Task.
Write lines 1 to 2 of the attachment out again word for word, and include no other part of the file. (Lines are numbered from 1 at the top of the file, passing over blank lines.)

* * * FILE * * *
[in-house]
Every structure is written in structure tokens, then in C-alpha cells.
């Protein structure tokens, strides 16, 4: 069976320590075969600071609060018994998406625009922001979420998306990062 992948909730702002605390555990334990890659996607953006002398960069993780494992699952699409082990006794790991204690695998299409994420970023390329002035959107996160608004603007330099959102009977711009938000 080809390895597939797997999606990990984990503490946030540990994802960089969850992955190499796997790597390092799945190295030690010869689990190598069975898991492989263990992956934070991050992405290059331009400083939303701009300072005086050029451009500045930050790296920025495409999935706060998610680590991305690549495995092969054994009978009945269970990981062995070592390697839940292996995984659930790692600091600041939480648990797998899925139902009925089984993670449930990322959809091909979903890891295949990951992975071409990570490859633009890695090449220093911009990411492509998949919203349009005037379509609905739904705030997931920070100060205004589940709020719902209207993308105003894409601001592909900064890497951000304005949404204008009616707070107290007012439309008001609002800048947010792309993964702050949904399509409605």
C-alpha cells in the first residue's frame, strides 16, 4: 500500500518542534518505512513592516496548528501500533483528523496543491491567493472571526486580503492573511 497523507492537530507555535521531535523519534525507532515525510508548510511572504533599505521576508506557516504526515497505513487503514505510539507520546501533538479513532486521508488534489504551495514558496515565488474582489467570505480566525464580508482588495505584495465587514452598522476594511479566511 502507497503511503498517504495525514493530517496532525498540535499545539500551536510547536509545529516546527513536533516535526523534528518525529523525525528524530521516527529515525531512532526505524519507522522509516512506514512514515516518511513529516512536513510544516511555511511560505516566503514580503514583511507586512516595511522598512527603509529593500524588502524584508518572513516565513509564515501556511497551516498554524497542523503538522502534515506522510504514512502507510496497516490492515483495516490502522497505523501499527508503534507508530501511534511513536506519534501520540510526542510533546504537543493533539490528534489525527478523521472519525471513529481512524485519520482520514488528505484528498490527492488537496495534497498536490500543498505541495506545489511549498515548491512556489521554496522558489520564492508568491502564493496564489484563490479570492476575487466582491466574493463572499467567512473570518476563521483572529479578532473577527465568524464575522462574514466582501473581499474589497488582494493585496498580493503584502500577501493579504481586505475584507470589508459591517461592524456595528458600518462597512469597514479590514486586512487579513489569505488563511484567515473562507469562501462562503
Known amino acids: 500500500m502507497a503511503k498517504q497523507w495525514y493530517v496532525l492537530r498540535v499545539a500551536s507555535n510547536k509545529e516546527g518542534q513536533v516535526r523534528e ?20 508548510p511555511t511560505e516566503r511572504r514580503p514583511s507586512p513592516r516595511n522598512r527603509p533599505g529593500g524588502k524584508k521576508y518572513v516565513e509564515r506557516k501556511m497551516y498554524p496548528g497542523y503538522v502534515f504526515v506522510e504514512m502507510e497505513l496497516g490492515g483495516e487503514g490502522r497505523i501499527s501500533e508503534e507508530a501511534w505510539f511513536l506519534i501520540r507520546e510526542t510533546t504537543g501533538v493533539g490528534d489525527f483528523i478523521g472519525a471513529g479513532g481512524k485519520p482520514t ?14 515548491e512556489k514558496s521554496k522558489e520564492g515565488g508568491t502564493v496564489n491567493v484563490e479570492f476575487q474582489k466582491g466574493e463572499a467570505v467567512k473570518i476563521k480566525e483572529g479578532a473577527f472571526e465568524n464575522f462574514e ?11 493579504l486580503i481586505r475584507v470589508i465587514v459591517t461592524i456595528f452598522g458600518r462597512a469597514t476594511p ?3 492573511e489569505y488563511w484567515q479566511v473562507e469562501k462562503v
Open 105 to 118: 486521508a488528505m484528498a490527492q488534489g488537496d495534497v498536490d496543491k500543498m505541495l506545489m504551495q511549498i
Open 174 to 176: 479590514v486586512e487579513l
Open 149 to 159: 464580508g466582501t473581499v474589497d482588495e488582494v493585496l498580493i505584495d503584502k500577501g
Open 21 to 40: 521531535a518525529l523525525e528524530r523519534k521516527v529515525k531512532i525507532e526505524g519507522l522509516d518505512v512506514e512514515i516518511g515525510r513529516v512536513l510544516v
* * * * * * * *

[in-house]
Every structure is written in structure tokens, then in C-alpha cells.